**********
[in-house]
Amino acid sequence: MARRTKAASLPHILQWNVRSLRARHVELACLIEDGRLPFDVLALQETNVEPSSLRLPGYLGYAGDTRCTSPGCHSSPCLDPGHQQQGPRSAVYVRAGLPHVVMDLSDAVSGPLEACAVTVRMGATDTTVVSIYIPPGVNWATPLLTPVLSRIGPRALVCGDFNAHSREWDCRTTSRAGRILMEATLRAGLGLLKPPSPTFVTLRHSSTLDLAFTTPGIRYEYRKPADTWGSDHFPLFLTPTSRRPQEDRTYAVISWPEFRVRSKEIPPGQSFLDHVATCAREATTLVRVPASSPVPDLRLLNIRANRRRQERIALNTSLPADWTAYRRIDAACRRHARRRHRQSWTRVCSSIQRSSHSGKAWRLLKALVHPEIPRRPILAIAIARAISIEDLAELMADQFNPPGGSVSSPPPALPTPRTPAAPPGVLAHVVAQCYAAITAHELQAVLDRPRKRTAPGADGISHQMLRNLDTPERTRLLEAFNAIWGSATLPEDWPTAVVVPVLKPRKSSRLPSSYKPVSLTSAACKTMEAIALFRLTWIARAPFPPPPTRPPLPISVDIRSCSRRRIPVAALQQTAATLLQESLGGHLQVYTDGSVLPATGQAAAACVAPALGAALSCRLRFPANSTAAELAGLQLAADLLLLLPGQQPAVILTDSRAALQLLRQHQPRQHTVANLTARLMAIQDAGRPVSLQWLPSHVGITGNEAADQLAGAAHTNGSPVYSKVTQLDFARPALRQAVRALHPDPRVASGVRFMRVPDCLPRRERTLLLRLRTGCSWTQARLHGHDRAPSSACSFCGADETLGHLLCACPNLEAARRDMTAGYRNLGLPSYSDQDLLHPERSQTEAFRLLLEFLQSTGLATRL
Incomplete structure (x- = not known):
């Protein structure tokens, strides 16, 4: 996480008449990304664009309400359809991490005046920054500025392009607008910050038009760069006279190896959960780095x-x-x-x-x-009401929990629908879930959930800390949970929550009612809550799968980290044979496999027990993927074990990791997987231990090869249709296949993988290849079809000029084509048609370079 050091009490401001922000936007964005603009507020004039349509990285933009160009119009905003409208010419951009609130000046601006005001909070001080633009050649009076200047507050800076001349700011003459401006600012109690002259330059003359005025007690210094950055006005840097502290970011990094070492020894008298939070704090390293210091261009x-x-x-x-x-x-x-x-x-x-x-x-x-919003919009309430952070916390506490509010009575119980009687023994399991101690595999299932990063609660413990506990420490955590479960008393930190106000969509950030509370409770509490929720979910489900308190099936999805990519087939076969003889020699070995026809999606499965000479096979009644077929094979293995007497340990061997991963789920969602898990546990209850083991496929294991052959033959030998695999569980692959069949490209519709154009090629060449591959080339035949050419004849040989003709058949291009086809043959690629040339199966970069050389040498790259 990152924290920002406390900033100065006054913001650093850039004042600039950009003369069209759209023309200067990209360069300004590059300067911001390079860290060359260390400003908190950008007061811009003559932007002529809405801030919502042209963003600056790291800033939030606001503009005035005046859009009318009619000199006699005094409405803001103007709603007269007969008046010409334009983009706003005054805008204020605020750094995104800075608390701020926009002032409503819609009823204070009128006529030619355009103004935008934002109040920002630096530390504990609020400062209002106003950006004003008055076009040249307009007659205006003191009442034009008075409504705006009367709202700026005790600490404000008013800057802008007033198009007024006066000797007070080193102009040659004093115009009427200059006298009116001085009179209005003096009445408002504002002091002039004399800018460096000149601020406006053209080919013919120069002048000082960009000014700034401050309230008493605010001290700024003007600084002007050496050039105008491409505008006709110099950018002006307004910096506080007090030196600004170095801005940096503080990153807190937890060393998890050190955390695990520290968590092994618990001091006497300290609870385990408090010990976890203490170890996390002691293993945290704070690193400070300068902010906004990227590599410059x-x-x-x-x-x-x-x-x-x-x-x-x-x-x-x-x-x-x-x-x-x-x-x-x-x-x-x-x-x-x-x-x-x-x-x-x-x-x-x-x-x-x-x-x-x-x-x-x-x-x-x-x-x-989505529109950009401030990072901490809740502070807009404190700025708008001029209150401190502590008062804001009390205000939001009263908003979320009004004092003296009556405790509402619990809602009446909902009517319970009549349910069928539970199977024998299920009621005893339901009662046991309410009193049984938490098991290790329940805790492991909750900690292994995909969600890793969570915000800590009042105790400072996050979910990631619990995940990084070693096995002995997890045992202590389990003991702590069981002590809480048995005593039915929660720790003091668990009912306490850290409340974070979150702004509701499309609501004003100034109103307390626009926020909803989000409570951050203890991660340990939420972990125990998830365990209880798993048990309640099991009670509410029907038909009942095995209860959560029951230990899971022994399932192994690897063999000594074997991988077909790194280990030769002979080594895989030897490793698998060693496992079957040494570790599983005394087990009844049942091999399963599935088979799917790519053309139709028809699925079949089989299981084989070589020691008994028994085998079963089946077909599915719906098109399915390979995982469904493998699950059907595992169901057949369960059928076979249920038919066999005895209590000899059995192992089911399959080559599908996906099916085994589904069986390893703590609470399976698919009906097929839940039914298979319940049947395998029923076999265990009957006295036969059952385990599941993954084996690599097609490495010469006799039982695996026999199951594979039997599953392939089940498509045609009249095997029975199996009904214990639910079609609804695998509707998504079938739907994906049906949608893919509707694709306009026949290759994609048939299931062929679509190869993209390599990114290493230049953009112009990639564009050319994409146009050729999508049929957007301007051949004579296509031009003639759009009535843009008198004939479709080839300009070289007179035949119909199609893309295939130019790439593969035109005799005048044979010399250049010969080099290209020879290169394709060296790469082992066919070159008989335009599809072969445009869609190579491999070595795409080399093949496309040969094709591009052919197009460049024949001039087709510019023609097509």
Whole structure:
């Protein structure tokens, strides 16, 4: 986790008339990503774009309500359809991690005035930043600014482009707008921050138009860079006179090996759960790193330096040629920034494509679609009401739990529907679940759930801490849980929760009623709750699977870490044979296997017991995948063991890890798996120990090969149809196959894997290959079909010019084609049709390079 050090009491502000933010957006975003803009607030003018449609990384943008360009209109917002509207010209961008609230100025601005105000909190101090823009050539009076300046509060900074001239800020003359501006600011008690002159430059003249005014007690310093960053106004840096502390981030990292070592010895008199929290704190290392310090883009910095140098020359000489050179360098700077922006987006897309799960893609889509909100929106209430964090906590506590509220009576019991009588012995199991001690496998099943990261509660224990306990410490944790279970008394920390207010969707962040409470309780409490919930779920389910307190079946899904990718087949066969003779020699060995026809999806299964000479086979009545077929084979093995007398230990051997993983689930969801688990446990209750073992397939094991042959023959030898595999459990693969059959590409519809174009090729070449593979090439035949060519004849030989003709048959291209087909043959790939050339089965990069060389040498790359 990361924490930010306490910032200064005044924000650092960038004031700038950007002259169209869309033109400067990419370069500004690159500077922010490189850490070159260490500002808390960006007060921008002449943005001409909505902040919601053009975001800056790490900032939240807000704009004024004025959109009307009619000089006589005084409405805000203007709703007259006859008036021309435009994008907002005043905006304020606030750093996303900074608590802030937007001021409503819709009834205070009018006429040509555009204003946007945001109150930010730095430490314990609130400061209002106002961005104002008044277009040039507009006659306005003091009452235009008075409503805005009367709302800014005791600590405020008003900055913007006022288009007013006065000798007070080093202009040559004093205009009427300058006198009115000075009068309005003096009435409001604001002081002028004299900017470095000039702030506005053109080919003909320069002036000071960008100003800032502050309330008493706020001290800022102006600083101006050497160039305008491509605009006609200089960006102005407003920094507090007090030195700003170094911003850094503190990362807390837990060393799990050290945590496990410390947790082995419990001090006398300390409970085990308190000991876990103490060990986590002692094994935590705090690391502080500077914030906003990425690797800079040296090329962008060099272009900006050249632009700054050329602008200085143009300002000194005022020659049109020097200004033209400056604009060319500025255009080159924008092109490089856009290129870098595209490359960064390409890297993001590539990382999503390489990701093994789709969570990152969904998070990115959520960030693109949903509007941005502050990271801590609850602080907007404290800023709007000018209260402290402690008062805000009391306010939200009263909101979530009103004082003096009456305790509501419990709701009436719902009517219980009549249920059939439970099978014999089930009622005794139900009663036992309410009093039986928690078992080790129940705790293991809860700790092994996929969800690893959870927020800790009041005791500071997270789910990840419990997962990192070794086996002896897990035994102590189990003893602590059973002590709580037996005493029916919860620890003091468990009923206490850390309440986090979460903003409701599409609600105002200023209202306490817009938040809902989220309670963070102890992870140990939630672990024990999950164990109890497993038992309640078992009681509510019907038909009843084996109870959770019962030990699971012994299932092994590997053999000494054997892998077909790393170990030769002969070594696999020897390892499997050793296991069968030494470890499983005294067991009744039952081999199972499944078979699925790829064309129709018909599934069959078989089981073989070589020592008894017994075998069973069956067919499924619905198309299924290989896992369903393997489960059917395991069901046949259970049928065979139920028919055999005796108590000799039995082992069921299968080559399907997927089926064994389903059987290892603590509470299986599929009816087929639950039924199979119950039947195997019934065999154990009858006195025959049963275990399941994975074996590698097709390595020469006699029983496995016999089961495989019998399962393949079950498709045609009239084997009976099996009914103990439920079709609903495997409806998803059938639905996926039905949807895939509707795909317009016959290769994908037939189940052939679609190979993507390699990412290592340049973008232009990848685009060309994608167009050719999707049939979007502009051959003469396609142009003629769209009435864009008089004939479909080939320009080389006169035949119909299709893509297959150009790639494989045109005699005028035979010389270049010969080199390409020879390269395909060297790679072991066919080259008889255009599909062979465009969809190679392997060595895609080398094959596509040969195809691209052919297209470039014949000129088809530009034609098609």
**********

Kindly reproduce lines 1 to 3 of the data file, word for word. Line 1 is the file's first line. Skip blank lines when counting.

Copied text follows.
[in-house]
Amino acid sequence: MARRTKAASLPHILQWNVRSLRARHVELACLIEDGRLPFDVLALQETNVEPSSLRLPGYLGYAGDTRCTSPGCHSSPCLDPGHQQQGPRSAVYVRAGLPHVVMDLSDAVSGPLEACAVTVRMGATDTTVVSIYIPPGVNWATPLLTPVLSRIGPRALVCGDFNAHSREWDCRTTSRAGRILMEATLRAGLGLLKPPSPTFVTLRHSSTLDLAFTTPGIRYEYRKPADTWGSDHFPLFLTPTSRRPQEDRTYAVISWPEFRVRSKEIPPGQSFLDHVATCAREATTLVRVPASSPVPDLRLLNIRANRRRQERIALNTSLPADWTAYRRIDAACRRHARRRHRQSWTRVCSSIQRSSHSGKAWRLLKALVHPEIPRRPILAIAIARAISIEDLAELMADQFNPPGGSVSSPPPALPTPRTPAAPPGVLAHVVAQCYAAITAHELQAVLDRPRKRTAPGADGISHQMLRNLDTPERTRLLEAFNAIWGSATLPEDWPTAVVVPVLKPRKSSRLPSSYKPVSLTSAACKTMEAIALFRLTWIARAPFPPPPTRPPLPISVDIRSCSRRRIPVAALQQTAATLLQESLGGHLQVYTDGSVLPATGQAAAACVAPALGAALSCRLRFPANSTAAELAGLQLAADLLLLLPGQQPAVILTDSRAALQLLRQHQPRQHTVANLTARLMAIQDAGRPVSLQWLPSHVGITGNEAADQLAGAAHTNGSPVYSKVTQLDFARPALRQAVRALHPDPRVASGVRFMRVPDCLPRRERTLLLRLRTGCSWTQARLHGHDRAPSSACSFCGADETLGHLLCACPNLEAARRDMTAGYRNLGLPSYSDQDLLHPERSQTEAFRLLLEFLQSTGLATRL
Incomplete structure (x- = not known):